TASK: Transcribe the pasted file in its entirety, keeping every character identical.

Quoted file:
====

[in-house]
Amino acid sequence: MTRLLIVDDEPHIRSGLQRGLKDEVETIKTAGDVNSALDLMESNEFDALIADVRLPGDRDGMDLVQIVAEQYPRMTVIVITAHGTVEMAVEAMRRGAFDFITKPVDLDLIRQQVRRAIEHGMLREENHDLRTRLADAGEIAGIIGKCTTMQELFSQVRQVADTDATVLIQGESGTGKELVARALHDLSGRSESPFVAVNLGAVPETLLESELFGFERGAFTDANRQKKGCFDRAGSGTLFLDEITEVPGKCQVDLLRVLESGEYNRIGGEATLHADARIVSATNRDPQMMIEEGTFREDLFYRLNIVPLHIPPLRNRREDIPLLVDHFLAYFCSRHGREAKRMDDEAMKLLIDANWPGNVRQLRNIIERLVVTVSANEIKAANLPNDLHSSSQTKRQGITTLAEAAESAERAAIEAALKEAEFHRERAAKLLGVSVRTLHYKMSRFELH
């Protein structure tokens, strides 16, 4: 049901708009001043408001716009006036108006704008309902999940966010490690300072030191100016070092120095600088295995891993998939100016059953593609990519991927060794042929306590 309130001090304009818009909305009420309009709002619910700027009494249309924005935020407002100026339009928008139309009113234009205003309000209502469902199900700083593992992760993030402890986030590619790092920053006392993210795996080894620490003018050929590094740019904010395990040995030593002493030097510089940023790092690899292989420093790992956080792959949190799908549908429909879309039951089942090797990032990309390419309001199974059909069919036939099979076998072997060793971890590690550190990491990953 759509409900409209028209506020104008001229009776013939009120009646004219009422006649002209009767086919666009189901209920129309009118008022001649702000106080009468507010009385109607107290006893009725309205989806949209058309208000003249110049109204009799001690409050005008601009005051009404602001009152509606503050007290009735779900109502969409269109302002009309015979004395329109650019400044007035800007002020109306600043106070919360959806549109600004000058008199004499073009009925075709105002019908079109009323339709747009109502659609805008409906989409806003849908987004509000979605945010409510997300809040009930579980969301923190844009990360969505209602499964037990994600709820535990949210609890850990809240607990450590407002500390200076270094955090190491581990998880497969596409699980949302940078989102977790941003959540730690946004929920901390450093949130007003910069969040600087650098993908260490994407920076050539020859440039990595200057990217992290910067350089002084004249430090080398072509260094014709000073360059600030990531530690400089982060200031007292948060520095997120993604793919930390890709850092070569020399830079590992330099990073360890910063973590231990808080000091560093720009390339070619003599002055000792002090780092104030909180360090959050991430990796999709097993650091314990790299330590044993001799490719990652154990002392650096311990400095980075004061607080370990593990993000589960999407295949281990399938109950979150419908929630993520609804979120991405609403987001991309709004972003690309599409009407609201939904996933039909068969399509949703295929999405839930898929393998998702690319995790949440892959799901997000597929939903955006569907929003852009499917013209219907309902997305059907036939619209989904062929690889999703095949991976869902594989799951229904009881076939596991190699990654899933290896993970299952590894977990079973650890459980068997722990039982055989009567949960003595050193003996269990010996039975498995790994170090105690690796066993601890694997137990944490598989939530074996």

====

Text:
[in-house]
Amino acid sequence: MTRLLIVDDEPHIRSGLQRGLKDEVETIKTAGDVNSALDLMESNEFDALIADVRLPGDRDGMDLVQIVAEQYPRMTVIVITAHGTVEMAVEAMRRGAFDFITKPVDLDLIRQQVRRAIEHGMLREENHDLRTRLADAGEIAGIIGKCTTMQELFSQVRQVADTDATVLIQGESGTGKELVARALHDLSGRSESPFVAVNLGAVPETLLESELFGFERGAFTDANRQKKGCFDRAGSGTLFLDEITEVPGKCQVDLLRVLESGEYNRIGGEATLHADARIVSATNRDPQMMIEEGTFREDLFYRLNIVPLHIPPLRNRREDIPLLVDHFLAYFCSRHGREAKRMDDEAMKLLIDANWPGNVRQLRNIIERLVVTVSANEIKAANLPNDLHSSSQTKRQGITTLAEAAESAERAAIEAALKEAEFHRERAAKLLGVSVRTLHYKMSRFELH
């Protein structure tokens, strides 16, 4: 049901708009001043408001716009006036108006704008309902999940966010490690300072030191100016070092120095600088295995891993998939100016059953593609990519991927060794042929306590 309130001090304009818009909305009420309009709002619910700027009494249309924005935020407002100026339009928008139309009113234009205003309000209502469902199900700083593992992760993030402890986030590619790092920053006392993210795996080894620490003018050929590094740019904010395990040995030593002493030097510089940023790092690899292989420093790992956080792959949190799908549908429909879309039951089942090797990032990309390419309001199974059909069919036939099979076998072997060793971890590690550190990491990953 759509409900409209028209506020104008001229009776013939009120009646004219009422006649002209009767086919666009189901209920129309009118008022001649702000106080009468507010009385109607107290006893009725309205989806949209058309208000003249110049109204009799001690409050005008601009005051009404602001009152509606503050007290009735779900109502969409269109302002009309015979004395329109650019400044007035800007002020109306600043106070919360959806549109600004000058008199004499073009009925075709105002019908079109009323339709747009109502659609805008409906989409806003849908987004509000979605945010409510997300809040009930579980969301923190844009990360969505209602499964037990994600709820535990949210609890850990809240607990450590407002500390200076270094955090190491581990998880497969596409699980949302940078989102977790941003959540730690946004929920901390450093949130007003910069969040600087650098993908260490994407920076050539020859440039990595200057990217992290910067350089002084004249430090080398072509260094014709000073360059600030990531530690400089982060200031007292948060520095997120993604793919930390890709850092070569020399830079590992330099990073360890910063973590231990808080000091560093720009390339070619003599002055000792002090780092104030909180360090959050991430990796999709097993650091314990790299330590044993001799490719990652154990002392650096311990400095980075004061607080370990593990993000589960999407295949281990399938109950979150419908929630993520609804979120991405609403987001991309709004972003690309599409009407609201939904996933039909068969399509949703295929999405839930898929393998998702690319995790949440892959799901997000597929939903955006569907929003852009499917013209219907309902997305059907036939619209989904062929690889999703095949991976869902594989799951229904009881076939596991190699990654899933290896993970299952590894977990079973650890459980068997722990039982055989009567949960003595050193003996269990010996039975498995790994170090105690690796066993601890694997137990944490598989939530074996």